The International Monetary Fund said Asia's economic outlook faces "significant" uncertainty and downside growth risks from any sudden tightening in global financial conditions or rise in protectionist trade policies.
The International Monetary Fund said Asia’s economic outlook faces “significant” uncertainty and downside growth risks from any sudden tightening in global financial conditions or rise in protectionist trade policies. The IMF, which in April raised its 2017 Asia-Pacific growth forecast to 5.5 percent from its previous October forecast of 5.4 percent, said loose monetary and fiscal policies across most of the region would underpin domestic demand.
“However, the near-term outlook is clouded with significant uncertainty, and risks, on balance, remain slanted to the downside,” the IMF said in its Asia-Pacific regional economic outlook released on Tuesday. In April, the IMF kept the region’s 2018 growth forecast unchanged at 5.4 percent. Asia-Pacific recorded 5.3 percent growth in 2016.
The report comes at a time when policymakers around the region are wrestling with the challenge of how to navigate rising risks of protectionism under U.S. President Donald Trump, and a potential increase in funding costs as the Federal Reserve steps up the pace of rate hikes. “A possible shift toward protectionism in major trading partners also represents a substantial risk to the region. Asia is particularly vulnerable to a decline in global trade because the region has a high trade openness ratio, with significant participation in global supply chains,” the IMF said.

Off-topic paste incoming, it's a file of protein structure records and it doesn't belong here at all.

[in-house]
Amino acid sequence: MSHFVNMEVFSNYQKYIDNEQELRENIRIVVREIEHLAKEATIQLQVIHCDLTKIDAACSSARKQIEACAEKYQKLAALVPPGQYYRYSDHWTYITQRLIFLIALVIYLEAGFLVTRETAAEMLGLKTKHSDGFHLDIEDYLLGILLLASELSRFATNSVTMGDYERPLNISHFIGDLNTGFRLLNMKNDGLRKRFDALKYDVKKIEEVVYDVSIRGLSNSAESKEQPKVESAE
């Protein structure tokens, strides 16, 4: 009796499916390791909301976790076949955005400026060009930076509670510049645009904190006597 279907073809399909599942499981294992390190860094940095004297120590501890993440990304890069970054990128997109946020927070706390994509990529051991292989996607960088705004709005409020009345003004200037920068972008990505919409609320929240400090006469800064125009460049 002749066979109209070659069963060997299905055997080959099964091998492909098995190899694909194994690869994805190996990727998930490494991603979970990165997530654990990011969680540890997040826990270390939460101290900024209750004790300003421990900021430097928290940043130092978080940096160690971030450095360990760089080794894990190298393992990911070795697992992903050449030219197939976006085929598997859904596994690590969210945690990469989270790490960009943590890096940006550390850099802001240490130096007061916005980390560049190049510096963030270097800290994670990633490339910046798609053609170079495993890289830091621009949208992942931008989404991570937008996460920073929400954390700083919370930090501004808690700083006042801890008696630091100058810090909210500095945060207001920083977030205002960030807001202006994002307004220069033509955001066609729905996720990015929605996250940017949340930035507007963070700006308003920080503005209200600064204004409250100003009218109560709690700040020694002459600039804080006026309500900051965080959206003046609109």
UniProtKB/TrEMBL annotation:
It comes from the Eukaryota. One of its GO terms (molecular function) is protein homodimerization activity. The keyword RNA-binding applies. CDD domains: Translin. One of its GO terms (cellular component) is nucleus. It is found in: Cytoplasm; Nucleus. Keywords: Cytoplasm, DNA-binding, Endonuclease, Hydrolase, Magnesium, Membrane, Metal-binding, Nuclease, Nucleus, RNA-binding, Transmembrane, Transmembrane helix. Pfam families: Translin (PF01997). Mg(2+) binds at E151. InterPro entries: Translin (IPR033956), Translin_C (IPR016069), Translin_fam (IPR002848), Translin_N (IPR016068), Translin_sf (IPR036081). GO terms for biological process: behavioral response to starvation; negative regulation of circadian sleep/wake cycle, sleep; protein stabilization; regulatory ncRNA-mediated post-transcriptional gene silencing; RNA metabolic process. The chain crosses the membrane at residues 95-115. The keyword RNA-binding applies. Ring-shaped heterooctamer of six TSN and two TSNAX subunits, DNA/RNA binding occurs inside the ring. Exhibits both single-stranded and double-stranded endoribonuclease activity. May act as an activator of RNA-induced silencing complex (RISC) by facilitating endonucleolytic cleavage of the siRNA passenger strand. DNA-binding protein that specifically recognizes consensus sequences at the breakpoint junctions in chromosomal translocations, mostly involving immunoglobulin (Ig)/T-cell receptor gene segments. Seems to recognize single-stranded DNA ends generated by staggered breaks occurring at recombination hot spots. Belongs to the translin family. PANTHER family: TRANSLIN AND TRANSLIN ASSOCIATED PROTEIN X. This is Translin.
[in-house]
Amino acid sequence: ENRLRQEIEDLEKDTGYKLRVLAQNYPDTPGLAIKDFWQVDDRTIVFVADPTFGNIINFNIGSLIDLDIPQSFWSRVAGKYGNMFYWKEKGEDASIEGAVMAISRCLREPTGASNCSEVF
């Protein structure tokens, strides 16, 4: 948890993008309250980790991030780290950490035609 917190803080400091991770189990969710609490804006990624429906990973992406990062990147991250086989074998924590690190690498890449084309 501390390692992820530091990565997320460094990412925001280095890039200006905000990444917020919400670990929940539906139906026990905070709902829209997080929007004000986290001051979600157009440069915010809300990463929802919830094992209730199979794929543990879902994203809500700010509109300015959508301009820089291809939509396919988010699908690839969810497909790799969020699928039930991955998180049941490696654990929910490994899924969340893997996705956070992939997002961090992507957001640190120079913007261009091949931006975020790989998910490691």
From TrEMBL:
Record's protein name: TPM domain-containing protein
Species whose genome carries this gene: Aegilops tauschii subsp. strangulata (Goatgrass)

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Centrist Emmanuel Macron’s victory in France’s presidential election is “good news” for open trade and globalisation, Changyong Rhee, director of the IMF’s Asia and Pacific Department told a news conference. Rhee added that he hoped a recent agreement between Trump and China’s President Xi Jinping on a 100-day plan for trade talks would lead to expanded global trade rather than a reduction.
“So at this moment, I’m cautiously optimistic.” Continued tightening of global financial conditions could trigger volatility in capital flows, and the region could see large spillovers if China’s shift to a more consumption-driven economy proves bumpier than expected, the IMF said. Rhee reiterated that the IMF may need to upgrade its 2017 China growth forecast from 6.6 percent after the economy expanded more than expected in the first quarter, though he also said there are concerns about whether strong credit growth is being allocated efficiently.
The IMF emphasised that foreign exchange intervention should not be used to resist currency moves that reflect changes in fundamentals including in the global trade environment or as a substitute for macroeconomic policy adjustments. It added, however, that “judicious” foreign exchange intervention might be called for in certain cases, such as when disorderly market conditions or rapid exchange rate movements threaten financial or corporate stability.